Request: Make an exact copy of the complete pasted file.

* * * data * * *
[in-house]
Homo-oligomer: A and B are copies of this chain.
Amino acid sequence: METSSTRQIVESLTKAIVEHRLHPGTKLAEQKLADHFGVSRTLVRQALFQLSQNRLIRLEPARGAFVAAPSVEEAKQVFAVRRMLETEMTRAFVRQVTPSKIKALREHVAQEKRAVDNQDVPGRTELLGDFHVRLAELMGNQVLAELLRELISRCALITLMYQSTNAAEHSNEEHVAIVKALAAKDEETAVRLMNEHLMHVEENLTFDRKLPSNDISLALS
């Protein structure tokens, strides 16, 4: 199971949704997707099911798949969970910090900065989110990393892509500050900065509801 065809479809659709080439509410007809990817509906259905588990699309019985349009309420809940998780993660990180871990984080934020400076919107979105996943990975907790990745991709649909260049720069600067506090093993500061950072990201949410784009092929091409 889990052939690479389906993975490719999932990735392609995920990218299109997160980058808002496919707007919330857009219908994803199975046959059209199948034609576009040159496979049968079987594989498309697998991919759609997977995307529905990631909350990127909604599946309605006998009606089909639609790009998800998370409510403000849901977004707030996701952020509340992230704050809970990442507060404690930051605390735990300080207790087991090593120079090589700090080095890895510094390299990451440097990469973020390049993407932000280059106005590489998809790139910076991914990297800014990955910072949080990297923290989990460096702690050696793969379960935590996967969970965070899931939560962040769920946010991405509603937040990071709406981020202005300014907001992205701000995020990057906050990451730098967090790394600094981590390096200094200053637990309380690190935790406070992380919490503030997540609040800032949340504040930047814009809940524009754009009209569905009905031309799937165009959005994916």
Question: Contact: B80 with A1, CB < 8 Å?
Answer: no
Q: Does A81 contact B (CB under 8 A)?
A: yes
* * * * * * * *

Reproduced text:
[in-house]
Homo-oligomer: A and B are copies of this chain.
Amino acid sequence: METSSTRQIVESLTKAIVEHRLHPGTKLAEQKLADHFGVSRTLVRQALFQLSQNRLIRLEPARGAFVAAPSVEEAKQVFAVRRMLETEMTRAFVRQVTPSKIKALREHVAQEKRAVDNQDVPGRTELLGDFHVRLAELMGNQVLAELLRELISRCALITLMYQSTNAAEHSNEEHVAIVKALAAKDEETAVRLMNEHLMHVEENLTFDRKLPSNDISLALS
């Protein structure tokens, strides 16, 4: 199971949704997707099911798949969970910090900065989110990393892509500050900065509801 065809479809659709080439509410007809990817509906259905588990699309019985349009309420809940998780993660990180871990984080934020400076919107979105996943990975907790990745991709649909260049720069600067506090093993500061950072990201949410784009092929091409 889990052939690479389906993975490719999932990735392609995920990218299109997160980058808002496919707007919330857009219908994803199975046959059209199948034609576009040159496979049968079987594989498309697998991919759609997977995307529905990631909350990127909604599946309605006998009606089909639609790009998800998370409510403000849901977004707030996701952020509340992230704050809970990442507060404690930051605390735990300080207790087991090593120079090589700090080095890895510094390299990451440097990469973020390049993407932000280059106005590489998809790139910076991914990297800014990955910072949080990297923290989990460096702690050696793969379960935590996967969970965070899931939560962040769920946010991405509603937040990071709406981020202005300014907001992205701000995020990057906050990451730098967090790394600094981590390096200094200053637990309380690190935790406070992380919490503030997540609040800032949340504040930047814009809940524009754009009209569905009905031309799937165009959005994916």
Question: Contact: B80 with A1, CB < 8 Å?
Answer: no
Q: Does A81 contact B (CB under 8 A)?
A: yes